New Thinking in Political Economy series
Edited by Laura E. Grube and Virgil Henry Storr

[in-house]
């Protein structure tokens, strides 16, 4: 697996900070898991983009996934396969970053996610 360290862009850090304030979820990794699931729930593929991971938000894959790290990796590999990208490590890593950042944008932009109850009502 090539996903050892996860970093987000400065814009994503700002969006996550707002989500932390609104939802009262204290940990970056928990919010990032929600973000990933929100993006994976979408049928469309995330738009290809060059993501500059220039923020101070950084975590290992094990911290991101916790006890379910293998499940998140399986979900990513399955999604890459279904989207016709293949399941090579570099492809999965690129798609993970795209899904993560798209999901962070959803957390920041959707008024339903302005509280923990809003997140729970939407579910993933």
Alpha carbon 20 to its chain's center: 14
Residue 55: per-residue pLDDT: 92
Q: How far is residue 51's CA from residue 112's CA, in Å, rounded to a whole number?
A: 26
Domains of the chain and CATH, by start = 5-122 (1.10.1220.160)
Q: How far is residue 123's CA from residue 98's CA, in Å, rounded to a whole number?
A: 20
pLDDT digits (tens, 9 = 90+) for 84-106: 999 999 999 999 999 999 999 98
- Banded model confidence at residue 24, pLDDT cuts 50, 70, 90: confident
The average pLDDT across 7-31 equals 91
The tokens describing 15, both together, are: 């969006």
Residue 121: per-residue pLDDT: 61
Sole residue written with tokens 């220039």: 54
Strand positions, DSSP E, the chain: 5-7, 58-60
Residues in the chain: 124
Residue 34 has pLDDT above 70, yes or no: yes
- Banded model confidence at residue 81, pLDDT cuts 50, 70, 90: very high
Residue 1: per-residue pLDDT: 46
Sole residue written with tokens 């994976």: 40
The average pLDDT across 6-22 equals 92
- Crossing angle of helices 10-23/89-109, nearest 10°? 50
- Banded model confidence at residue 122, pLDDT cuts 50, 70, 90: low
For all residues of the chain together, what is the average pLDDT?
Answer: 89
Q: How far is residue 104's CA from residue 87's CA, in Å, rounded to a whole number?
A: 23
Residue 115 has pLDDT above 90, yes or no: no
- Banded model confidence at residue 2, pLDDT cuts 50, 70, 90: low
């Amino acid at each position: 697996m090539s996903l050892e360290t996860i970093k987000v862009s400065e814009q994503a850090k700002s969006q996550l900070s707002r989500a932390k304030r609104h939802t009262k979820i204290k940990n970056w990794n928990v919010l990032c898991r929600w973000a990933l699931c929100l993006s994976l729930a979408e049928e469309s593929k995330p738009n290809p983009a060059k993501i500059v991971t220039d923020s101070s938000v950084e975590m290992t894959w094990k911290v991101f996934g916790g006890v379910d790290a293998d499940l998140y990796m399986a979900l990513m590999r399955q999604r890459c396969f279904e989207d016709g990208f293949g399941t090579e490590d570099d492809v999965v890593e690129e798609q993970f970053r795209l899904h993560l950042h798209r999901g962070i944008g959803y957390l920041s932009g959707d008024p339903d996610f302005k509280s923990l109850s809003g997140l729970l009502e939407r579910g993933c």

Culture shapes economic behavior and colors economic outcomes. Although we may choose to avoid explicitly discussing culture within the social sciences, it will be implicit in our assumptions. The question, then, becomes how to incorporate culture into economic analysis. Some economists have conceived of culture as a tool or a resource as they have attempted to operationalize a difficult concept. Others have discussed culture as if it were a set of blinders, closing off some opportunities and focusing attention on others. Still others have treated culture as a lens through which we view the world, or perhaps colored glasses that establish a certain hue to our vision. In order to understand how culture shapes economic behavior, we might ask how culture influences a person’s expectations in the market as well as in what may be considered non-market settings. Do they believe that their peers and colleagues are trustworthy? Do they imagine that hard work is rewarded? Do they think that their family is likely to provide emotional and/or financial support? Economic outcomes and economic institutions are intimately tied to our answers to these questions. And the answers to these questions are in part shaped by culture. Moreover, when we discuss challenging topics such as economic development, we can benefit from paying attention to how culture has influenced economic activity in that context.